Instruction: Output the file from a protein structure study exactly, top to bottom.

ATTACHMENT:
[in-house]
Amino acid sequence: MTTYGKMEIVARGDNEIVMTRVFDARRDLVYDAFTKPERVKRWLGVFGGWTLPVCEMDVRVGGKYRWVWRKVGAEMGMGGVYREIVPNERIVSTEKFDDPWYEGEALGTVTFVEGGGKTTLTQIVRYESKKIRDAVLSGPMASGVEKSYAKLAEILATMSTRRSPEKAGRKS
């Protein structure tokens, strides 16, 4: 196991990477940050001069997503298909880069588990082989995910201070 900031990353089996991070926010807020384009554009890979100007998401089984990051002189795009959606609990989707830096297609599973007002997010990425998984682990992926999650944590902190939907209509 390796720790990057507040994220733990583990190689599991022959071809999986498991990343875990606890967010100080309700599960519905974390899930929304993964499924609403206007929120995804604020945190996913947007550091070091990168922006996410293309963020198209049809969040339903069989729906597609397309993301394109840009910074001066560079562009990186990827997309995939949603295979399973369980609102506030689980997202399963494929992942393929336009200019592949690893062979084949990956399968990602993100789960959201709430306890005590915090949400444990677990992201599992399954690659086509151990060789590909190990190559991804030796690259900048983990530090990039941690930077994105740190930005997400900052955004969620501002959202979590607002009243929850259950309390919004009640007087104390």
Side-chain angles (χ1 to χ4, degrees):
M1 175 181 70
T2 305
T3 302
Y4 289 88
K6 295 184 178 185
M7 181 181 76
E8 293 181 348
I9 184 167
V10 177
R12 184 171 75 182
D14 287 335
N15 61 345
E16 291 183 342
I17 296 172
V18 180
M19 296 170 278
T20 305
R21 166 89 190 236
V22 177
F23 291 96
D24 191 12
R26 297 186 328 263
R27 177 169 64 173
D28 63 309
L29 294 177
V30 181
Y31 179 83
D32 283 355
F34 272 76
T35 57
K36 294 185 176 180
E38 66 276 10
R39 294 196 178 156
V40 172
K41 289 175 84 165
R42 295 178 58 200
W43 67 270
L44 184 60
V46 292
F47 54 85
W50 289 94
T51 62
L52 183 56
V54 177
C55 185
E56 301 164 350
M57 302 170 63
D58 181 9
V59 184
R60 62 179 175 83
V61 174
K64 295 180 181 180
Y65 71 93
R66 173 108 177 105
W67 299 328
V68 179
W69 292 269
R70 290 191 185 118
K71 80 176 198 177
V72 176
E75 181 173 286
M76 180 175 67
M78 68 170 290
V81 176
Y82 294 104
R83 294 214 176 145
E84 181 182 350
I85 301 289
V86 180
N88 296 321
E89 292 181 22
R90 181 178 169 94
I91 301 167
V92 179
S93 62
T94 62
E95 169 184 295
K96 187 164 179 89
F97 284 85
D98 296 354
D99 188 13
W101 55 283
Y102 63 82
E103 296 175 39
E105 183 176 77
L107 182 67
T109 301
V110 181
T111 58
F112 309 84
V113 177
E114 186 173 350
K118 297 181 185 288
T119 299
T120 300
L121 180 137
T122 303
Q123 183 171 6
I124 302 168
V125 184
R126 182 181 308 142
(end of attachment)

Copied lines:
[in-house]
Amino acid sequence: MTTYGKMEIVARGDNEIVMTRVFDARRDLVYDAFTKPERVKRWLGVFGGWTLPVCEMDVRVGGKYRWVWRKVGAEMGMGGVYREIVPNERIVSTEKFDDPWYEGEALGTVTFVEGGGKTTLTQIVRYESKKIRDAVLSGPMASGVEKSYAKLAEILATMSTRRSPEKAGRKS
């Protein structure tokens, strides 16, 4: 196991990477940050001069997503298909880069588990082989995910201070 900031990353089996991070926010807020384009554009890979100007998401089984990051002189795009959606609990989707830096297609599973007002997010990425998984682990992926999650944590902190939907209509 390796720790990057507040994220733990583990190689599991022959071809999986498991990343875990606890967010100080309700599960519905974390899930929304993964499924609403206007929120995804604020945190996913947007550091070091990168922006996410293309963020198209049809969040339903069989729906597609397309993301394109840009910074001066560079562009990186990827997309995939949603295979399973369980609102506030689980997202399963494929992942393929336009200019592949690893062979084949990956399968990602993100789960959201709430306890005590915090949400444990677990992201599992399954690659086509151990060789590909190990190559991804030796690259900048983990530090990039941690930077994105740190930005997400900052955004969620501002959202979590607002009243929850259950309390919004009640007087104390």
Side-chain angles (χ1 to χ4, degrees):
M1 175 181 70
T2 305
T3 302
Y4 289 88
K6 295 184 178 185
M7 181 181 76
E8 293 181 348
I9 184 167
V10 177
R12 184 171 75 182
D14 287 335
N15 61 345
E16 291 183 342
I17 296 172
V18 180
M19 296 170 278
T20 305
R21 166 89 190 236
V22 177
F23 291 96
D24 191 12
R26 297 186 328 263
R27 177 169 64 173
D28 63 309
L29 294 177
V30 181
Y31 179 83
D32 283 355
F34 272 76
T35 57
K36 294 185 176 180
E38 66 276 10
R39 294 196 178 156
V40 172
K41 289 175 84 165
R42 295 178 58 200
W43 67 270
L44 184 60
V46 292
F47 54 85
W50 289 94
T51 62
L52 183 56
V54 177
C55 185
E56 301 164 350
M57 302 170 63
D58 181 9
V59 184
R60 62 179 175 83
V61 174
K64 295 180 181 180
Y65 71 93
R66 173 108 177 105
W67 299 328
V68 179
W69 292 269
R70 290 191 185 118
K71 80 176 198 177
V72 176
E75 181 173 286
M76 180 175 67
M78 68 170 290
V81 176
Y82 294 104
R83 294 214 176 145
E84 181 182 350
I85 301 289
V86 180
N88 296 321
E89 292 181 22
R90 181 178 169 94
I91 301 167
V92 179
S93 62
T94 62
E95 169 184 295
K96 187 164 179 89
F97 284 85
D98 296 354
D99 188 13
W101 55 283
Y102 63 82
E103 296 175 39
E105 183 176 77
L107 182 67
T109 301
V110 181
T111 58
F112 309 84
V113 177
E114 186 173 350
K118 297 181 185 288
T119 299
T120 300
L121 180 137
T122 303
Q123 183 171 6
I124 302 168
V125 184
R126 182 181 308 142